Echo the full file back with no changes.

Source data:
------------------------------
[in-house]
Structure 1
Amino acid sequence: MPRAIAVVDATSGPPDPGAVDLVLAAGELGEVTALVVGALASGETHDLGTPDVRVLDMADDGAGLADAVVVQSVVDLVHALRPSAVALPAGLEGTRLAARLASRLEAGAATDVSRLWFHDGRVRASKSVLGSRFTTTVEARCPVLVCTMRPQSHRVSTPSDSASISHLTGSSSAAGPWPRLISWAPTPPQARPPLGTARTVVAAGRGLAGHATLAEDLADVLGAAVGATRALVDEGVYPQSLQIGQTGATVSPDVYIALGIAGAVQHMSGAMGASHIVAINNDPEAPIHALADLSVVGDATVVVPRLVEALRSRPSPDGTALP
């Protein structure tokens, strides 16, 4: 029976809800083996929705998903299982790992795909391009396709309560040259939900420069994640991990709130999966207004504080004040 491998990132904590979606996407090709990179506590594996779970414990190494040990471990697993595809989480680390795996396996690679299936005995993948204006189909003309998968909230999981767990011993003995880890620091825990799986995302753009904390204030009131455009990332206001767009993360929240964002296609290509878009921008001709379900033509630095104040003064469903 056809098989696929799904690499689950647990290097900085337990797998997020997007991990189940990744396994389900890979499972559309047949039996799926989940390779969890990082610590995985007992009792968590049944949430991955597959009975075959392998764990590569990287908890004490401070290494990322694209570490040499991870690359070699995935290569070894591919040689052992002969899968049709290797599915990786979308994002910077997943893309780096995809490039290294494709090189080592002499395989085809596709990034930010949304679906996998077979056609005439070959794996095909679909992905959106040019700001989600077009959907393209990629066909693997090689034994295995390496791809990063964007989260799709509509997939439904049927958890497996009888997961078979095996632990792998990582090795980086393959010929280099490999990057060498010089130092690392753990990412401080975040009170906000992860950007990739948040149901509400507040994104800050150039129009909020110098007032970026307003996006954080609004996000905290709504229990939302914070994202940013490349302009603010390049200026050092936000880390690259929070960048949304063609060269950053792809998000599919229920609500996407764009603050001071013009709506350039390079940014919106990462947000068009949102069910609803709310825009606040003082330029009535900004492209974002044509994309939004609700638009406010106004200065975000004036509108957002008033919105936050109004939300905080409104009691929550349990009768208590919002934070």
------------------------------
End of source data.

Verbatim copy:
[in-house]
Structure 1
Amino acid sequence: MPRAIAVVDATSGPPDPGAVDLVLAAGELGEVTALVVGALASGETHDLGTPDVRVLDMADDGAGLADAVVVQSVVDLVHALRPSAVALPAGLEGTRLAARLASRLEAGAATDVSRLWFHDGRVRASKSVLGSRFTTTVEARCPVLVCTMRPQSHRVSTPSDSASISHLTGSSSAAGPWPRLISWAPTPPQARPPLGTARTVVAAGRGLAGHATLAEDLADVLGAAVGATRALVDEGVYPQSLQIGQTGATVSPDVYIALGIAGAVQHMSGAMGASHIVAINNDPEAPIHALADLSVVGDATVVVPRLVEALRSRPSPDGTALP
């Protein structure tokens, strides 16, 4: 029976809800083996929705998903299982790992795909391009396709309560040259939900420069994640991990709130999966207004504080004040 491998990132904590979606996407090709990179506590594996779970414990190494040990471990697993595809989480680390795996396996690679299936005995993948204006189909003309998968909230999981767990011993003995880890620091825990799986995302753009904390204030009131455009990332206001767009993360929240964002296609290509878009921008001709379900033509630095104040003064469903 056809098989696929799904690499689950647990290097900085337990797998997020997007991990189940990744396994389900890979499972559309047949039996799926989940390779969890990082610590995985007992009792968590049944949430991955597959009975075959392998764990590569990287908890004490401070290494990322694209570490040499991870690359070699995935290569070894591919040689052992002969899968049709290797599915990786979308994002910077997943893309780096995809490039290294494709090189080592002499395989085809596709990034930010949304679906996998077979056609005439070959794996095909679909992905959106040019700001989600077009959907393209990629066909693997090689034994295995390496791809990063964007989260799709509509997939439904049927958890497996009888997961078979095996632990792998990582090795980086393959010929280099490999990057060498010089130092690392753990990412401080975040009170906000992860950007990739948040149901509400507040994104800050150039129009909020110098007032970026307003996006954080609004996000905290709504229990939302914070994202940013490349302009603010390049200026050092936000880390690259929070960048949304063609060269950053792809998000599919229920609500996407764009603050001071013009709506350039390079940014919106990462947000068009949102069910609803709310825009606040003082330029009535900004492209974002044509994309939004609700638009406010106004200065975000004036509108957002008033919105936050109004939300905080409104009691929550349990009768208590919002934070």